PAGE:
13. The apparatus of claim 1 wherein said frame comprises a circular shape having a diameter.
14. The apparatus of claim 13 wherein said diameter is approximately fifteen inches.
15. An apparatus for shielding a chemical bath from fluid treatment of a semiconductor wafer situated over said bath during said treatment, said apparatus comprising:
a frame having a periphery and a pivot axis;
a plurality of blades each sharing said pivot axis on said frame;
a mechanical actuator having a movable arm adapted to drive said plurality of blades about said pivot axis, such that said blades shield said bath from top when said apparatus is in a closed position, and stack on each other when said apparatus is in an open position;
at least one of said plurality of blades attached to said mechanical actuator arm;
a coupler between said at least one blade and said actuator arm; and,
a torque-transferring feature cut into said at least one blade, said feature adapted to fit said coupler such that said actuator arm drives said plurality of blades in a clockwise or counterclockwise rotational direction about said pivot axis.
16. The apparatus of claim 15 wherein each of said plurality of blades comprise an upper ledge and a lower ledge, such that said upper ledge of a lower blade contacts said lower ledge of an adjacent upper blade during blade movement.
17. The apparatus of claim 15 wherein each of said plurality of blades includes a pivot boss on a first side and a pivot interlock cut on a second side, such that said pivot boss of a lower blade connects with said pivot interlock cut of an upper adjacent blade, causing said lower blade to move with said adjacent upper blade.
18. The apparatus of claim 17 wherein said pivot boss on said lower blade further comprises a ledge adapted to contact said pivot interlock cut on said adjacent upper blade when said adjacent upper blade moves relative to said lower blade.
19. The apparatus of claim 15 further comprising a curved ledge on the bottom of an upper blade interconnecting with a curved ledge on the top of an adjacent lower blade, causing said upper blade and said lower blade to move relative to one another, and prohibiting said fluid from entering said bath when said apparatus is in said closed position.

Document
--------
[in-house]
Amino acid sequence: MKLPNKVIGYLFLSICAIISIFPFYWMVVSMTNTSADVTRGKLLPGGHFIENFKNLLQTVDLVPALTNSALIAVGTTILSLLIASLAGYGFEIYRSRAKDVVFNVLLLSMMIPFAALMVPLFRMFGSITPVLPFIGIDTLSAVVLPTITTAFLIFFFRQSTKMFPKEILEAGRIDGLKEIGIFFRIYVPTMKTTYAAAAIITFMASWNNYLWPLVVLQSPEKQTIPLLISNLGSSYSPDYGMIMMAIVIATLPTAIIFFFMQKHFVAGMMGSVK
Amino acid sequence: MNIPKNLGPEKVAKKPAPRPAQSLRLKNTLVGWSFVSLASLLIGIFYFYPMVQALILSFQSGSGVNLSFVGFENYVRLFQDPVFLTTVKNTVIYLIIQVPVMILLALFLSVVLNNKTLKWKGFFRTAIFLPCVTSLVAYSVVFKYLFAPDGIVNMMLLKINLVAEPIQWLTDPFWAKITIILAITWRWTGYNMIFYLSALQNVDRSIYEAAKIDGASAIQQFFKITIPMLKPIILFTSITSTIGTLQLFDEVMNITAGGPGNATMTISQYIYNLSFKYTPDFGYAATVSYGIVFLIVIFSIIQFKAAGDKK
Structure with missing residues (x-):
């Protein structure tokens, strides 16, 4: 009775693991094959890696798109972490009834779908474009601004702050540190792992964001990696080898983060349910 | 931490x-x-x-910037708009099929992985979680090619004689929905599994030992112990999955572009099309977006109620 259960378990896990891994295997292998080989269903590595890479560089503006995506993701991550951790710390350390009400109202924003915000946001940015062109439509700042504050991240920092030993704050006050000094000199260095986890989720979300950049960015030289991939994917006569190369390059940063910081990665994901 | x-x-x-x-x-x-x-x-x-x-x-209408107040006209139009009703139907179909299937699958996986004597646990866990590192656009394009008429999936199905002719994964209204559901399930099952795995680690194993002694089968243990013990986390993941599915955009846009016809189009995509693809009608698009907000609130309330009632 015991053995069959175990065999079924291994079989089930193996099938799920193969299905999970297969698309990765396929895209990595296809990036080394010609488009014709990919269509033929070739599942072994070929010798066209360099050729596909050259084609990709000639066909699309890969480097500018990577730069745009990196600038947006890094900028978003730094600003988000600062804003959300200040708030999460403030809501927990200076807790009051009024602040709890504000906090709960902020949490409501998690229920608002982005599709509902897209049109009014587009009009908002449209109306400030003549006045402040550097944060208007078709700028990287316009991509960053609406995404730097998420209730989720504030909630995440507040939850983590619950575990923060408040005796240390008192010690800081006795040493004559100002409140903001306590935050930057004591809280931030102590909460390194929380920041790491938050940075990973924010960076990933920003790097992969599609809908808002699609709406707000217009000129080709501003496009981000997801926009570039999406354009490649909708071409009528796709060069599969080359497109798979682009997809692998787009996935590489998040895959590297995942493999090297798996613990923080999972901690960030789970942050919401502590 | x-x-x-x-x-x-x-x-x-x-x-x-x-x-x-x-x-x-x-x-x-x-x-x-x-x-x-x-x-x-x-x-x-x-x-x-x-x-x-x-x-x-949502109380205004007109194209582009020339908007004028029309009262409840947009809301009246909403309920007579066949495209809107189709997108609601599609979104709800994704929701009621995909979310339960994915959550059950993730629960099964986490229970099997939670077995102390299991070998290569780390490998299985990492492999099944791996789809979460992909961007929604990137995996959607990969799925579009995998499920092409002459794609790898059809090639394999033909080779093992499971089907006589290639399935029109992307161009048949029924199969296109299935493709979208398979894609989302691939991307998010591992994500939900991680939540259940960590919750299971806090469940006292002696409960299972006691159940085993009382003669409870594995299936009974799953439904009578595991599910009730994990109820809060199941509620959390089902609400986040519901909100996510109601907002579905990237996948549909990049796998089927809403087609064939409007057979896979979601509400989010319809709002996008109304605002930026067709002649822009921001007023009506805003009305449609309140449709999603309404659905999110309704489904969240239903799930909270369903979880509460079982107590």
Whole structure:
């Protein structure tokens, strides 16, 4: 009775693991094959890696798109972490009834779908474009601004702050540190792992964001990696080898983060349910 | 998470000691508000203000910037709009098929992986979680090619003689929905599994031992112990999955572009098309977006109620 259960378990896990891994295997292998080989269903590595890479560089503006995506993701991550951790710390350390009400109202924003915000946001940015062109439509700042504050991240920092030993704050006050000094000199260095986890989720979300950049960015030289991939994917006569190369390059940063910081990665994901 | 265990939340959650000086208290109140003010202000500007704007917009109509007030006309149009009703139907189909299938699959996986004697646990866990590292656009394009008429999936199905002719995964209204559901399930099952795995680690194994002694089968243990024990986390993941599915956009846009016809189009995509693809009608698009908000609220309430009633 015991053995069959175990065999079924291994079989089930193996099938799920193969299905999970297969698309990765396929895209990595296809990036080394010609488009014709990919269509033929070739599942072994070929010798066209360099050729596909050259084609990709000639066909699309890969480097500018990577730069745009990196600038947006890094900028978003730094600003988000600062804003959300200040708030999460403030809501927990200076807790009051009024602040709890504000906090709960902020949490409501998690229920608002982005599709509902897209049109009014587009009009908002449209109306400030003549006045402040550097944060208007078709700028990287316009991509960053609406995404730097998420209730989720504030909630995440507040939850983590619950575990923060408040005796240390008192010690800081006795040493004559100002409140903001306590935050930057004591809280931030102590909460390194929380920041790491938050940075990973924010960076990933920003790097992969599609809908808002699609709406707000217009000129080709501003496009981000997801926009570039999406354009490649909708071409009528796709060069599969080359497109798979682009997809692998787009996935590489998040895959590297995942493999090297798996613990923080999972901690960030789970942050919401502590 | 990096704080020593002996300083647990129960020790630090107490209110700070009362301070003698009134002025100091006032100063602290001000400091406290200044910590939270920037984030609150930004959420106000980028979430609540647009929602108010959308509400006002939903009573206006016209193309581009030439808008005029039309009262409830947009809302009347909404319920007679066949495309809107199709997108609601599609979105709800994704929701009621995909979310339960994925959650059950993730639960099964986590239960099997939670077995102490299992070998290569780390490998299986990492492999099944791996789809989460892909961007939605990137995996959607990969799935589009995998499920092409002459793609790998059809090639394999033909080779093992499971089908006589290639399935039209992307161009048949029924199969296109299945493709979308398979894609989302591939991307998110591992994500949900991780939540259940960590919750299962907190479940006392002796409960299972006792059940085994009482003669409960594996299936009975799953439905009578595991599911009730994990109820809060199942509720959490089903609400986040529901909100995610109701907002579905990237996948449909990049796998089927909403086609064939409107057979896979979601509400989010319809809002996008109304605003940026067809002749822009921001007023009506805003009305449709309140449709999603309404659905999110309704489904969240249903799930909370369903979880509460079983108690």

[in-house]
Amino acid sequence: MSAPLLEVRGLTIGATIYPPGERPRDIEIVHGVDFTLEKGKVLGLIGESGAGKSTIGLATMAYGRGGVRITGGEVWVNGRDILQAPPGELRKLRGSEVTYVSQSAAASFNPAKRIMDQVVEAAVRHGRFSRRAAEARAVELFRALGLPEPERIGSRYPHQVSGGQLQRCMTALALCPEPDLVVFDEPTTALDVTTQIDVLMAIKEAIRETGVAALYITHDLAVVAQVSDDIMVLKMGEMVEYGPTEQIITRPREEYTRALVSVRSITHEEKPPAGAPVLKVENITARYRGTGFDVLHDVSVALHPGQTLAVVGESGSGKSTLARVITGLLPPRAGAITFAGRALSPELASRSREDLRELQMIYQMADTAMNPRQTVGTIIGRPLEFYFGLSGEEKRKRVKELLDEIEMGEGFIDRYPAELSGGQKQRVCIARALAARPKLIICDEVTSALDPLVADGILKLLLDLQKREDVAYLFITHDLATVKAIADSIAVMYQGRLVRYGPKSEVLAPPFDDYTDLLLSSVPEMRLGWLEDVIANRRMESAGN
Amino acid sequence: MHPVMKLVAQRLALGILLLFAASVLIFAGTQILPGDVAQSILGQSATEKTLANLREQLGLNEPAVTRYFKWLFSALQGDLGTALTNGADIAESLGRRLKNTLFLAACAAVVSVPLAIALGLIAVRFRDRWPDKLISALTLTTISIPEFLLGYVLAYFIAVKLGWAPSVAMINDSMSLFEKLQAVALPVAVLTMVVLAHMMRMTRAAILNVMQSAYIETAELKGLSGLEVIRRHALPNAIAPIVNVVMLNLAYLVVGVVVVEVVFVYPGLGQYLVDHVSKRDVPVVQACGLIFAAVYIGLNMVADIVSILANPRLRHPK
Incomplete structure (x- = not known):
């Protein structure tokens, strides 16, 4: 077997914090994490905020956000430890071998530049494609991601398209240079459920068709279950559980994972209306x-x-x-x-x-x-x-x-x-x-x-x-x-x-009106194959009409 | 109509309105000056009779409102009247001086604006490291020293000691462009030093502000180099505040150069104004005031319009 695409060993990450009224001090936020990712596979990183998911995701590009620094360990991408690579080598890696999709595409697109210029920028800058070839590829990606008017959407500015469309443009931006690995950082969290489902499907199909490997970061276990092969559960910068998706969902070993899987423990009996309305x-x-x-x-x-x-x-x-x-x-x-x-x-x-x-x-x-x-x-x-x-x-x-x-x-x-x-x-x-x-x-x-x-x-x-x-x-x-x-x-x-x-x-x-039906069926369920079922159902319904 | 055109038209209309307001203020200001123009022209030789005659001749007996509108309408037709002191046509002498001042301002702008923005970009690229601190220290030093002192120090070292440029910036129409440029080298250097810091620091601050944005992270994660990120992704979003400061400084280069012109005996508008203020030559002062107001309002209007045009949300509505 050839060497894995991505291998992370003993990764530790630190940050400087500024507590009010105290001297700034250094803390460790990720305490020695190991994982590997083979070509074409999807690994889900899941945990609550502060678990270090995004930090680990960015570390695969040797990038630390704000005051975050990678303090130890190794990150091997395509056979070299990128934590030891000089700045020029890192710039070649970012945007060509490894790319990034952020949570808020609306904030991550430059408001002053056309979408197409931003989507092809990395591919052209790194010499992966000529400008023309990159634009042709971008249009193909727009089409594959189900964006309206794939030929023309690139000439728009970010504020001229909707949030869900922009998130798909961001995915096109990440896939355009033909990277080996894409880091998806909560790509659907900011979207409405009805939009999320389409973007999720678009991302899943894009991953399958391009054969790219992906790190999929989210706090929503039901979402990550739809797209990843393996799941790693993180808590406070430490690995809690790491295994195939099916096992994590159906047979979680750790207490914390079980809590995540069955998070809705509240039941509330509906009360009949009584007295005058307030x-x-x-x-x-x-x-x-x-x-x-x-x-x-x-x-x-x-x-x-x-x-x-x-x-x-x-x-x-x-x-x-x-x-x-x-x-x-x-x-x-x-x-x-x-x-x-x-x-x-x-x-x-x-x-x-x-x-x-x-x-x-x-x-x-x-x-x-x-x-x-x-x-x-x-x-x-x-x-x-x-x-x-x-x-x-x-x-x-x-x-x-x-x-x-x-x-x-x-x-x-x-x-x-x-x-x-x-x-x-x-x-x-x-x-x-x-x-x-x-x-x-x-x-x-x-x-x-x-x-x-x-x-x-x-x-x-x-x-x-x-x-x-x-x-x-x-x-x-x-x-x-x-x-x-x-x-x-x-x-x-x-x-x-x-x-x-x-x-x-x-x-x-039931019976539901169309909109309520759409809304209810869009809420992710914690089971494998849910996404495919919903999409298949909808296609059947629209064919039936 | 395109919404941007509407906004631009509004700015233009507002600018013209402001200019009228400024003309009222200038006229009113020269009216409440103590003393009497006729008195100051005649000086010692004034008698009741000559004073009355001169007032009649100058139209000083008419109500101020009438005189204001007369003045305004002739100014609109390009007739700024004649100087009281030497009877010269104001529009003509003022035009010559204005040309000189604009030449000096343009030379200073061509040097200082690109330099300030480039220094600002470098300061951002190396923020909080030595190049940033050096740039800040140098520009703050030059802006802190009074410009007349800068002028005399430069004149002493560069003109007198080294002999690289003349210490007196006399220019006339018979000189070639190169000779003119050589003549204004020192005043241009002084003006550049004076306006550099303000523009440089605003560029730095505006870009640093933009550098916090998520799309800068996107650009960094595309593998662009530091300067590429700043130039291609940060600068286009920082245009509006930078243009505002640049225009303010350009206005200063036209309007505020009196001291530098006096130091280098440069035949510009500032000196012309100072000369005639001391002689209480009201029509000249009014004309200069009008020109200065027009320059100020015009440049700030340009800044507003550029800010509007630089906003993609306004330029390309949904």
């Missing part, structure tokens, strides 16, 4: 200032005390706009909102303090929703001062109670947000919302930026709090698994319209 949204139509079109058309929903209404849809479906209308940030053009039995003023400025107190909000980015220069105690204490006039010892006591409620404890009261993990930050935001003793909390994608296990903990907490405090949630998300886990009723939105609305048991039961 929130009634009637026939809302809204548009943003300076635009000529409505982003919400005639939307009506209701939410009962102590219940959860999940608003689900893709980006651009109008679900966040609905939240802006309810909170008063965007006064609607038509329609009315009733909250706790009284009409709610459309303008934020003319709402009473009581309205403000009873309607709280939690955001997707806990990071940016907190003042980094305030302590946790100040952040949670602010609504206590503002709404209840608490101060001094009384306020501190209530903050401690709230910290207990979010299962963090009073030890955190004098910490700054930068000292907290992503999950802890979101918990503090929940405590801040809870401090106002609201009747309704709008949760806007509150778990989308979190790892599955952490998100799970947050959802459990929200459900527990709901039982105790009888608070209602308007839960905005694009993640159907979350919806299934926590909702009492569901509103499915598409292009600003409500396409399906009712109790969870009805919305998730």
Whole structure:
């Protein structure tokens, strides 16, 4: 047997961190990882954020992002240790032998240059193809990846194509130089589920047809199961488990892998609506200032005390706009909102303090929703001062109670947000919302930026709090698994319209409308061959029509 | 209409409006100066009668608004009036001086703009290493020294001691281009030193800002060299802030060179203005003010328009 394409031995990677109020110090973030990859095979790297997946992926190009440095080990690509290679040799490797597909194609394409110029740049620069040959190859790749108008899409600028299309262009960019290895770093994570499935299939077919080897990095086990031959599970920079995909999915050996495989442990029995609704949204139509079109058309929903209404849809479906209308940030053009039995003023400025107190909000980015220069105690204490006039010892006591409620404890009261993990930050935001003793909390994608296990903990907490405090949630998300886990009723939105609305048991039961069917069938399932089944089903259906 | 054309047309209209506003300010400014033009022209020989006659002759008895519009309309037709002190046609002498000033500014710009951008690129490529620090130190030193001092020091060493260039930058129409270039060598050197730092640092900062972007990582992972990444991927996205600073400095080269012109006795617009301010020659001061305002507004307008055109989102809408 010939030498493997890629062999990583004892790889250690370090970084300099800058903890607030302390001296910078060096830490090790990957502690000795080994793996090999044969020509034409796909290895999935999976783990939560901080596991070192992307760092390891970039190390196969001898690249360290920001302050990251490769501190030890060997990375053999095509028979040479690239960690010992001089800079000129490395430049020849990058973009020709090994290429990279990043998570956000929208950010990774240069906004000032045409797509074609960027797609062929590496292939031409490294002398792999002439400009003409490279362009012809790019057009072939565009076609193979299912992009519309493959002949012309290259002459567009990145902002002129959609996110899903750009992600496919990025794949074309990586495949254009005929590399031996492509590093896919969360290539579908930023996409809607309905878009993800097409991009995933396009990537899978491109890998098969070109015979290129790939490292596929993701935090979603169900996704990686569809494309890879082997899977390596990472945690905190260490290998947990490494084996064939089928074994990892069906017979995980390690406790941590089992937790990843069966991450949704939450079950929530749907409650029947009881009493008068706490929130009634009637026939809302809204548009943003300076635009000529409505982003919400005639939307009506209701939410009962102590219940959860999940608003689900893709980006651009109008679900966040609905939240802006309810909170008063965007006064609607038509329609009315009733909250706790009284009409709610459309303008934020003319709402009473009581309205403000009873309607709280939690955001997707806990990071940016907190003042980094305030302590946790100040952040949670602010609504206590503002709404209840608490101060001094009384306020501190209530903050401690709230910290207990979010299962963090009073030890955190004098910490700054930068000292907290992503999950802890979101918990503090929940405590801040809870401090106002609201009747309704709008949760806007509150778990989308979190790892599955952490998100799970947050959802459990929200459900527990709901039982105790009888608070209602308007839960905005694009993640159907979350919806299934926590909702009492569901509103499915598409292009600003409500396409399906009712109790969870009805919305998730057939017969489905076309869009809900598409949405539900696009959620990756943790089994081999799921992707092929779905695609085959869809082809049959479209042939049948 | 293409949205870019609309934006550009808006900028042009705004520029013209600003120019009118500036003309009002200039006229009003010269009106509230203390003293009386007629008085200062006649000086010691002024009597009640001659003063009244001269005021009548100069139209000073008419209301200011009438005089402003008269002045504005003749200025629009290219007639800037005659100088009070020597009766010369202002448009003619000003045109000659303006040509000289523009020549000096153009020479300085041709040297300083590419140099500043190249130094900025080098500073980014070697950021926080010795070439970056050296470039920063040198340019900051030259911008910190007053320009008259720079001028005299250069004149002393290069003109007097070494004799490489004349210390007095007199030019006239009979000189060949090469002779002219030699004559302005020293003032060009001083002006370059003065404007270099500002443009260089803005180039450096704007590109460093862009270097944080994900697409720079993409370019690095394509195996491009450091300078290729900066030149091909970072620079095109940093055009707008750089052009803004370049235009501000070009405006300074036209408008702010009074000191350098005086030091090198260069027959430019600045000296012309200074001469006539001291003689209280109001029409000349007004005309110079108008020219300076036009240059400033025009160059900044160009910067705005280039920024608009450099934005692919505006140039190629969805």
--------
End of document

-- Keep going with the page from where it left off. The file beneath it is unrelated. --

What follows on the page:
Description
BACKGROUND OF THE INVENTION

1. Field of the Invention

The present invention relates generally to the field of wet chemical processing, and more specifically to an apparatus for controlling wafer rinse water from entering an electrofill chemical bath.

2. Description of Related Art

Machines for cleaning and processing wafers in the electronics industry are generally well known. Conventional processes involve plating a metal layer on a semiconductor wafer surface using a plating apparatus. One goal of wafer plating is to uniformly fill the holes and trenches with a conductive material. Thin film plating of copper into sub-micron holes and trenches has become more difficult in ULSI chip processing, particularly when the feature size is below 0.25 μm. In the field of chemical processing, and chemical plating in particular, it is important that the composition and concentration of various constituents be controllable. This includes the integrity and consistency of the chemical bath constituents and concentrations used for plating. After each processing step, it is often desirable to thoroughly clean, rinse, and dry the workpiece to ensure that debris is removed from the workpiece. Thus, methods and apparatus for cleaning, rinsing, and drying wafers have been made available in the art to minimize wafer damage and process degradation. For example, in a wet chemical deposition process, after a substrate is treated with chemicals, it is rinsed, generally in a de-ionized water spray although other post-treatments are used, such that the chemicals are washed off the substrate by the spray shower. Conventionally, in a wet process of semiconductor fabrication where the de-ionized water spray rinse is performed in the same tool as the chemical bath, this causes the problem of diluting the chemical bath with excess water runoff. In an electrofill tool, a wafer is generally placed into copper-acid bath chemistry where copper is plated to the wafer surface using electric current. The need to rinse wet chemical fluids is unique to the electrolytic process. Both before and after a plating process, the wafer surface is rinsed with water in the same tool where the chemical bath is the lowest chamber. If too much of this water enters the copper-acid bath, it will cause dilution of the chemistry, which must be controlled tightly to maintain uniform plating. Similarly, a sulfuric acid bath is sometimes used to remove organics from the wafer. Again, rinsing the wafer in a chamber above a sulfuric acid bath would dilute the acid bath. Thus, a portion of the rinse needs to be deflected from the bath in order to maintain the bath's original chemical concentration. Furthermore, since there are at least two steps in a deposition process to introduce de-ionized water, pre- and post-treatments, there are at least two opportunities for dilution, which must be mitigated. Generally, a pre-rinse limits impurities and defects from forming on the deposition surface, and a post-rinse, performed after deposition, decreases the corrosive effect on the wafer.